It was just like in the Bible: “Behold, tomorrow will I bring the locusts . . . And they shall cover the face of the earth, that one cannot be able to see the earth . . . and shall eat every tree which groweth for you out of the field.”

  Even though we were sealed up tighter than a drum, there was no way to keep the locusts out of the bays, the lockers, the beds, the food, our hair. They hopped and buzzed around the room while we chased them with our shoes or hid under the covers. Sally said the average swarm was made up of about fifty billion bugs and that it could be days before a swarm moved on.

  The first night I didn’t sleep at all because there were locusts in the bed. I pulled both the sheet and the blanket over my head, even though it was hot as blazes in the bay. Through the blanket I felt them land on me, thudding against my legs, my stomach, my arms, my face. I slapped at myself here, there, everywhere because I thought I felt them crawling on my skin, that maybe they’d got under the sheet.

  I lay there fidgeting and itching and kicking the locusts off me and thinking how much I hated Texas and how much I missed the sounds and seasons of home. Why had I ever come to Texas, with its flat, ugly earth and locusts and sandstorms and tarantulas and scorpions? The locusts were hitting the windows from inside and outside and buzzing against the floor, the footlocker, the bed. I could hear one in my ear and I screamed.

  “Did they get you, Hartsie?” Paula shouted from her bed. Each of us was lying just like the others, all bundled up head to toe like mummies.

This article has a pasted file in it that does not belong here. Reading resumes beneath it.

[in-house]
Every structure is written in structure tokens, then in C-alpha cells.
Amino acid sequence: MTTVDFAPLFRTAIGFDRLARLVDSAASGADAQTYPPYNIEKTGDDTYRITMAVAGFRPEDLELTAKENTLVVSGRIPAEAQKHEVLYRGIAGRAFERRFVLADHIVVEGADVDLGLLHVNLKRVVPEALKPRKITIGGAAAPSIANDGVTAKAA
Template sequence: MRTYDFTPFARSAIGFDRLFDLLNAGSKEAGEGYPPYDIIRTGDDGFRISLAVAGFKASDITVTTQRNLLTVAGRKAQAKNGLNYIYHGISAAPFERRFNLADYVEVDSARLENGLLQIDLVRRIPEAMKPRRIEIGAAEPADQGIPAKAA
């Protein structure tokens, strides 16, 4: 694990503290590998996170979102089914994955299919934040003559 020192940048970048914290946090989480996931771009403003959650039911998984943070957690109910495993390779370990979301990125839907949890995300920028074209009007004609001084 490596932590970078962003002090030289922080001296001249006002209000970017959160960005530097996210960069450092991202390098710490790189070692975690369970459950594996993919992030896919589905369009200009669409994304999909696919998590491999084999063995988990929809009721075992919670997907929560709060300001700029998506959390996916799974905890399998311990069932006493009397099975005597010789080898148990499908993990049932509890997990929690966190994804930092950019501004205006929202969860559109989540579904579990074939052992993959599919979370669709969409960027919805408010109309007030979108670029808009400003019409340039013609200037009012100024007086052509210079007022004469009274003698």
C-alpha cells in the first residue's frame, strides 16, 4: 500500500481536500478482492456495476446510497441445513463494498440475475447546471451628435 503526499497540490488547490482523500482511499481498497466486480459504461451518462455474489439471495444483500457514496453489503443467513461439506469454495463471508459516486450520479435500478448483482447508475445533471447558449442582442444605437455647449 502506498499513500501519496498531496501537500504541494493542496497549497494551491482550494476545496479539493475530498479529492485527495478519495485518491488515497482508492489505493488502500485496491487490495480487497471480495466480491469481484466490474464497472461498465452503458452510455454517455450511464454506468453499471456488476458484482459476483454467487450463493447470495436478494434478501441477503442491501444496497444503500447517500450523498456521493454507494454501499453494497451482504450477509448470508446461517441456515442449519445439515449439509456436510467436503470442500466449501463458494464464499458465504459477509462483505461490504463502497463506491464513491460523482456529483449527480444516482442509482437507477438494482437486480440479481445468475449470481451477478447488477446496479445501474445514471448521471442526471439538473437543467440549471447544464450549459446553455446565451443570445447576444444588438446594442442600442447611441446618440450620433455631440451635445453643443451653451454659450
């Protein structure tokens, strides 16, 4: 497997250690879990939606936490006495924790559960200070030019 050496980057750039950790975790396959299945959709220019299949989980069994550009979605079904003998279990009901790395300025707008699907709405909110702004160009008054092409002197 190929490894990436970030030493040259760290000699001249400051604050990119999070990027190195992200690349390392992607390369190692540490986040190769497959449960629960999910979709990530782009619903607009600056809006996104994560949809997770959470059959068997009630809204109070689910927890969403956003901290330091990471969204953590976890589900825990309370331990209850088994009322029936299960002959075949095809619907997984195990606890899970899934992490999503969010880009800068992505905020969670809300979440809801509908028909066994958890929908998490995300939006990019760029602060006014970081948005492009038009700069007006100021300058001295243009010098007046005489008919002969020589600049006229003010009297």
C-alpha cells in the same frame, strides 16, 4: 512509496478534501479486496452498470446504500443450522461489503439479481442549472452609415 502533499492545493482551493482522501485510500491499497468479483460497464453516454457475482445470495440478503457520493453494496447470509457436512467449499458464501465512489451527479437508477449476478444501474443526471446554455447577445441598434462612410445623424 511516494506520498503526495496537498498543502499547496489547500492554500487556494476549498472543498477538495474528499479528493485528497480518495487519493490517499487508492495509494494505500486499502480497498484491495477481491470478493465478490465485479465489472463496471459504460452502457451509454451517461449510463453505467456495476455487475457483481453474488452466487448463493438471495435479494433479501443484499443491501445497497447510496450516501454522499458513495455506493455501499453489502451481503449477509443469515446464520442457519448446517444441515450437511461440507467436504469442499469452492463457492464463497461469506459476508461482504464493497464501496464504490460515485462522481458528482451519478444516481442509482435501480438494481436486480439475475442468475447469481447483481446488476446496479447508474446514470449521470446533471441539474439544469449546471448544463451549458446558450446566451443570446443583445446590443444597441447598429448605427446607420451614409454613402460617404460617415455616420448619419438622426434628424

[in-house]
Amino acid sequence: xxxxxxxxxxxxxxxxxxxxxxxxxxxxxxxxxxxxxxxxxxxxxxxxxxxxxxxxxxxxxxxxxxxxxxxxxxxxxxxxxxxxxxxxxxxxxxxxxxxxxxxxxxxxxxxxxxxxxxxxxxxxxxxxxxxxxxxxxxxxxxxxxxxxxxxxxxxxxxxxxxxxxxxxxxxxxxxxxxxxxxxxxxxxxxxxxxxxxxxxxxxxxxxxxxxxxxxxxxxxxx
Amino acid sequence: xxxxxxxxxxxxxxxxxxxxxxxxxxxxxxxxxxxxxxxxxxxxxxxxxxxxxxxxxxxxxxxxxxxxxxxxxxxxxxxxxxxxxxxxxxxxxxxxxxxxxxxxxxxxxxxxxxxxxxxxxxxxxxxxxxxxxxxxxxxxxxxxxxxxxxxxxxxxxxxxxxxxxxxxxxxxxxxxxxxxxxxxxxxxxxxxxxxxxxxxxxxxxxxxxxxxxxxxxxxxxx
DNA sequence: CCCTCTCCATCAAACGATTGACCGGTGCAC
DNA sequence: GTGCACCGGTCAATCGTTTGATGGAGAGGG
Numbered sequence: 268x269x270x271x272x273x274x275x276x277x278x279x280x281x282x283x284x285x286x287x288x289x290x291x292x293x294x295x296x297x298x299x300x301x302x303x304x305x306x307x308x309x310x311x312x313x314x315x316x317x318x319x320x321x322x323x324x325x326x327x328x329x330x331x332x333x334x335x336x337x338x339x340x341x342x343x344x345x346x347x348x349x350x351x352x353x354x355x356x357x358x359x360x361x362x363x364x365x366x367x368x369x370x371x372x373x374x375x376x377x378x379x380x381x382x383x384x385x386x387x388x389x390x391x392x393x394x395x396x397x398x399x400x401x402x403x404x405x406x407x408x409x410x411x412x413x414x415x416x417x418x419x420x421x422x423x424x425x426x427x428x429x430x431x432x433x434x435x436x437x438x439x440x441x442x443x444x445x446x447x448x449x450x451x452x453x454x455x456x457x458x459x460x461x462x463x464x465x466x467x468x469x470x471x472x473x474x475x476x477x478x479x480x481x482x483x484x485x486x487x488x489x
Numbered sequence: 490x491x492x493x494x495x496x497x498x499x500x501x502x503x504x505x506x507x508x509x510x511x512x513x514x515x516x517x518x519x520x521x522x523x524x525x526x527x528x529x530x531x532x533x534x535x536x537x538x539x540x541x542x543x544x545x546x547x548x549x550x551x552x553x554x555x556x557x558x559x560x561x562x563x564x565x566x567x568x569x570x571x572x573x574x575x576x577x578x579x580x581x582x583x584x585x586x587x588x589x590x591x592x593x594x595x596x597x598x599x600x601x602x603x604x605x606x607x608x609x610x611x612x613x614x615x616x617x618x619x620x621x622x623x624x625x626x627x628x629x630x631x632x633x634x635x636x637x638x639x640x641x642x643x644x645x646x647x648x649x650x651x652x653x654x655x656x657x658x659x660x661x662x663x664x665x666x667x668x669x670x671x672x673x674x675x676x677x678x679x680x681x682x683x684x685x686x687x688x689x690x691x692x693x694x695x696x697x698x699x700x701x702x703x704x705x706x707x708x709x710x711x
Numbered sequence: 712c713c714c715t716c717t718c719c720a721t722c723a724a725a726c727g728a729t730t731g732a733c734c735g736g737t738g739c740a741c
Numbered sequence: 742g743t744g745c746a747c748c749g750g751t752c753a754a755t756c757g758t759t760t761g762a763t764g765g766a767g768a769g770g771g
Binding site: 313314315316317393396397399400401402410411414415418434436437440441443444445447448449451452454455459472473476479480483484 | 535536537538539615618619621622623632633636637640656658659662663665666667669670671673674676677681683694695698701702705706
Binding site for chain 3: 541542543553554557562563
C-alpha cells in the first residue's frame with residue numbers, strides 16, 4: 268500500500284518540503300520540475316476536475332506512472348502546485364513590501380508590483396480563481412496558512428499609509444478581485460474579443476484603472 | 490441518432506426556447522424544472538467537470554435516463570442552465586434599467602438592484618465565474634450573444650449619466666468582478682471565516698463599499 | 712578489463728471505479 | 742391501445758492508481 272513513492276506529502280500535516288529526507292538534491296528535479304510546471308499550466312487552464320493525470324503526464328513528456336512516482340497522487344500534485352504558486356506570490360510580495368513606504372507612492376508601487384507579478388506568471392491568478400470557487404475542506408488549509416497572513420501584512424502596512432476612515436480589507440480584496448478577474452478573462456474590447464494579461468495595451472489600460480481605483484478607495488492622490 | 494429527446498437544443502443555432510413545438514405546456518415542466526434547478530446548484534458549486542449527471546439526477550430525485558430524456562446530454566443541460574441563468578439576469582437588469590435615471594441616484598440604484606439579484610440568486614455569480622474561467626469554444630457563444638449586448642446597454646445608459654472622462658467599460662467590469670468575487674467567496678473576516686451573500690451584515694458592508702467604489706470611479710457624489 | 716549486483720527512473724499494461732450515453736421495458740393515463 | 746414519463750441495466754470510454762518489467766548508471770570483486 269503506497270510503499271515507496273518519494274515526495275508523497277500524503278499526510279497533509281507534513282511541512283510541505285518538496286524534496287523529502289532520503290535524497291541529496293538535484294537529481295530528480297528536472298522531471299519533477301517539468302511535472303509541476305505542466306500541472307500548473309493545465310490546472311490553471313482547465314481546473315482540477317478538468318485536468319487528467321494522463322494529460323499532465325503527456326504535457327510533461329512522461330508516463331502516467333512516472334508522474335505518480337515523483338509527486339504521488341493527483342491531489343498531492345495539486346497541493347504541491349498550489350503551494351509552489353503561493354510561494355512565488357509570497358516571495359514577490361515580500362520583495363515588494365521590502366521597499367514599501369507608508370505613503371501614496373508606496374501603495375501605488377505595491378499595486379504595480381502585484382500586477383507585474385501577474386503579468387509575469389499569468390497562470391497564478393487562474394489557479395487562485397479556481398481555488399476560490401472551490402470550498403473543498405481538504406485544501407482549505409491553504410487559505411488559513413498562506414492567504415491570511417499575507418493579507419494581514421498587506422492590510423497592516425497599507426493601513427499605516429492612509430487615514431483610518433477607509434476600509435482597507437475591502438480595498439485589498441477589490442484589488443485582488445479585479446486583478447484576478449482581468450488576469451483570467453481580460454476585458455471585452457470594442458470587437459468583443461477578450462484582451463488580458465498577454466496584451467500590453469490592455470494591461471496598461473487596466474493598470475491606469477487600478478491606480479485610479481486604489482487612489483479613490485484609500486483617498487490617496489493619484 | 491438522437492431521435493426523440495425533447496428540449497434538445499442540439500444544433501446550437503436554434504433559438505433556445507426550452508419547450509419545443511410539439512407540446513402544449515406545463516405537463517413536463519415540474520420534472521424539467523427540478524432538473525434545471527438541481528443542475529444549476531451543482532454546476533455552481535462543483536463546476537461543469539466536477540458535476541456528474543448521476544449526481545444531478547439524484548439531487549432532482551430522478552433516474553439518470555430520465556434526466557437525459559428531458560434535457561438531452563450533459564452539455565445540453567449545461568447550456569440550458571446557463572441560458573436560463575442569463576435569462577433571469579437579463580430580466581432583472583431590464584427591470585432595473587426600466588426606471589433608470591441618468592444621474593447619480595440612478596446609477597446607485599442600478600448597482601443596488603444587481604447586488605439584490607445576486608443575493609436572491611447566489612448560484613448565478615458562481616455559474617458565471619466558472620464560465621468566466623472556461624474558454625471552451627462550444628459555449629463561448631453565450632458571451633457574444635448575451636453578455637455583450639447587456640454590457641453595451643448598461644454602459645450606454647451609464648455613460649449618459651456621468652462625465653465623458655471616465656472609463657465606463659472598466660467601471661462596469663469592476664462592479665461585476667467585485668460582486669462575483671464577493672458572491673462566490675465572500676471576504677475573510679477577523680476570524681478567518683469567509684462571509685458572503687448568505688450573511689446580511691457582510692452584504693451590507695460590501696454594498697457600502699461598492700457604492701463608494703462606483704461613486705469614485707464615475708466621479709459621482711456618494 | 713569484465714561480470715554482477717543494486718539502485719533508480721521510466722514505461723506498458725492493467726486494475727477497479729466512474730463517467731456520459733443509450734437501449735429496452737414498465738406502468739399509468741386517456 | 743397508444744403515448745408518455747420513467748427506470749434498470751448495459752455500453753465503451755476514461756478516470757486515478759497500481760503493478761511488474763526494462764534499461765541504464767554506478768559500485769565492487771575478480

“One got in my goddamned hair!” Mudge hollered.

  “One tried to get in my goddamned mouth!” shouted Sally.

  I slapped at my arms and legs and thought about how much money we were all going to owe the cuss pot when this was over and done.

  When I finally started to drift off, after lying there for hours, I thought about Cornelia Fort. She’d grown up in Nashville but left to join the Women’s Auxiliary Ferrying Squadron. On March 21 she was killed over a place called Merkel, Texas, when the plane she was ferrying was clipped by another plane in midair. She was the first woman to die on active duty for the United States. When Jackie Cochran told us the news, she said to remember that Cornelia Fort died doing what she loved most. Ever since, I couldn’t stop thinking about how Cornelia Fort left Nashville only to wind up flying planes in Texas, and how strange that was because I left Nashville—where I always wanted to go my whole life—to go fly planes in Texas too.

  Even though she was a stranger and I’d never known her, I couldn’t get her off my mind. These were the things I knew about her: she was twenty-four years old. She was the daughter of one of Nashville’s richest families. Her family gave her a debutante ball when she was nineteen and she had to be bribed before she agreed to go. She was the first female flight instructor in Nashville. She graduated from college. The week she earned her pilot’s license, she flew two thousand miles to celebrate.

  All of this had been in the papers along with a letter she’d written to her mother one year before she was killed. In it she talked about why she loved flying and what it meant to her: “I loved it best perhaps because it taught me utter self-sufficiency, the ability to remove myself beyond the keep of anyone at all—and in doing it taught me what was of value and what was not . . . If I die violently, who can say it was ‘before my time’? . . . I was happiest in the sky—at dawn when the quietness of the air was like a caress, when the noon sun beat down, and at dusk when the sky was drenched with the fading light. Think of me there and remember me . . .”


  Cornelia Fort’s body had exploded on hitting the ground. Her plane came down in a pasture near Merkel, and Betty Joe Seymore, who was fourteen years old and living on a farm close by, found what was left of her—a scalp and hair. A farmer named H. H. Cargill found her insignia pin and a piece of her watch, which was smashed flat.

  Merkel was just thirty miles east of Avenger Field, on the road to Abilene. I couldn’t get over the closeness of it and the fact that I’d just finished my first month as a WFTD trainee when Cornelia Fort crashed and died in a field.